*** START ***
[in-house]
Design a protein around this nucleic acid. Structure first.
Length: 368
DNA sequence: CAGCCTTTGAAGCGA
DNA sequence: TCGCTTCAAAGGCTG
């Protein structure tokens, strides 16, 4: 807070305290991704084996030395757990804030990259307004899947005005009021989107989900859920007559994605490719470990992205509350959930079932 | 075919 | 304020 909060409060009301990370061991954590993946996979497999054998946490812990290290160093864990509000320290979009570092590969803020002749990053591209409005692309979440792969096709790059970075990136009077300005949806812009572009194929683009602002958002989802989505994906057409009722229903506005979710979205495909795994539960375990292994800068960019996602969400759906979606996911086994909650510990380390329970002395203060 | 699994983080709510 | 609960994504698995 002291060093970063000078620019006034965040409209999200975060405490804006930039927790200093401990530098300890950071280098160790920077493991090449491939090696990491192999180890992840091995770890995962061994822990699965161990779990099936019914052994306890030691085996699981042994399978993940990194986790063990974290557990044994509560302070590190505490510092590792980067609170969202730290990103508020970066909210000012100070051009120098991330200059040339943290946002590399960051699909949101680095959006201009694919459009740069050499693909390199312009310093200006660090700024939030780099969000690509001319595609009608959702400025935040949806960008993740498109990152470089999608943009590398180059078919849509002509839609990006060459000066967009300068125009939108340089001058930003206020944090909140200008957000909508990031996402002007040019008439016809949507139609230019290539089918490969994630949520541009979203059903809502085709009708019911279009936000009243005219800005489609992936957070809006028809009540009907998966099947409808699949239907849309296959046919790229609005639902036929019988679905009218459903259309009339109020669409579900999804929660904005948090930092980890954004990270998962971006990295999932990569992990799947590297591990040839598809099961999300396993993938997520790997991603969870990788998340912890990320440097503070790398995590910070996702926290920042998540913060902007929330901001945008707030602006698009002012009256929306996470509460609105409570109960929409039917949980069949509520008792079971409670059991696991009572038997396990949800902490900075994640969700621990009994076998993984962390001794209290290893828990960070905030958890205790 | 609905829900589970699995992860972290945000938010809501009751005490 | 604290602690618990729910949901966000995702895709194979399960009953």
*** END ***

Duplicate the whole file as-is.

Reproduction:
[in-house]
Design a protein around this nucleic acid. Structure first.
Length: 368
DNA sequence: CAGCCTTTGAAGCGA
DNA sequence: TCGCTTCAAAGGCTG
């Protein structure tokens, strides 16, 4: 807070305290991704084996030395757990804030990259307004899947005005009021989107989900859920007559994605490719470990992205509350959930079932 | 075919 | 304020 909060409060009301990370061991954590993946996979497999054998946490812990290290160093864990509000320290979009570092590969803020002749990053591209409005692309979440792969096709790059970075990136009077300005949806812009572009194929683009602002958002989802989505994906057409009722229903506005979710979205495909795994539960375990292994800068960019996602969400759906979606996911086994909650510990380390329970002395203060 | 699994983080709510 | 609960994504698995 002291060093970063000078620019006034965040409209999200975060405490804006930039927790200093401990530098300890950071280098160790920077493991090449491939090696990491192999180890992840091995770890995962061994822990699965161990779990099936019914052994306890030691085996699981042994399978993940990194986790063990974290557990044994509560302070590190505490510092590792980067609170969202730290990103508020970066909210000012100070051009120098991330200059040339943290946002590399960051699909949101680095959006201009694919459009740069050499693909390199312009310093200006660090700024939030780099969000690509001319595609009608959702400025935040949806960008993740498109990152470089999608943009590398180059078919849509002509839609990006060459000066967009300068125009939108340089001058930003206020944090909140200008957000909508990031996402002007040019008439016809949507139609230019290539089918490969994630949520541009979203059903809502085709009708019911279009936000009243005219800005489609992936957070809006028809009540009907998966099947409808699949239907849309296959046919790229609005639902036929019988679905009218459903259309009339109020669409579900999804929660904005948090930092980890954004990270998962971006990295999932990569992990799947590297591990040839598809099961999300396993993938997520790997991603969870990788998340912890990320440097503070790398995590910070996702926290920042998540913060902007929330901001945008707030602006698009002012009256929306996470509460609105409570109960929409039917949980069949509520008792079971409670059991696991009572038997396990949800902490900075994640969700621990009994076998993984962390001794209290290893828990960070905030958890205790 | 609905829900589970699995992860972290945000938010809501009751005490 | 604290602690618990729910949901966000995702895709194979399960009953």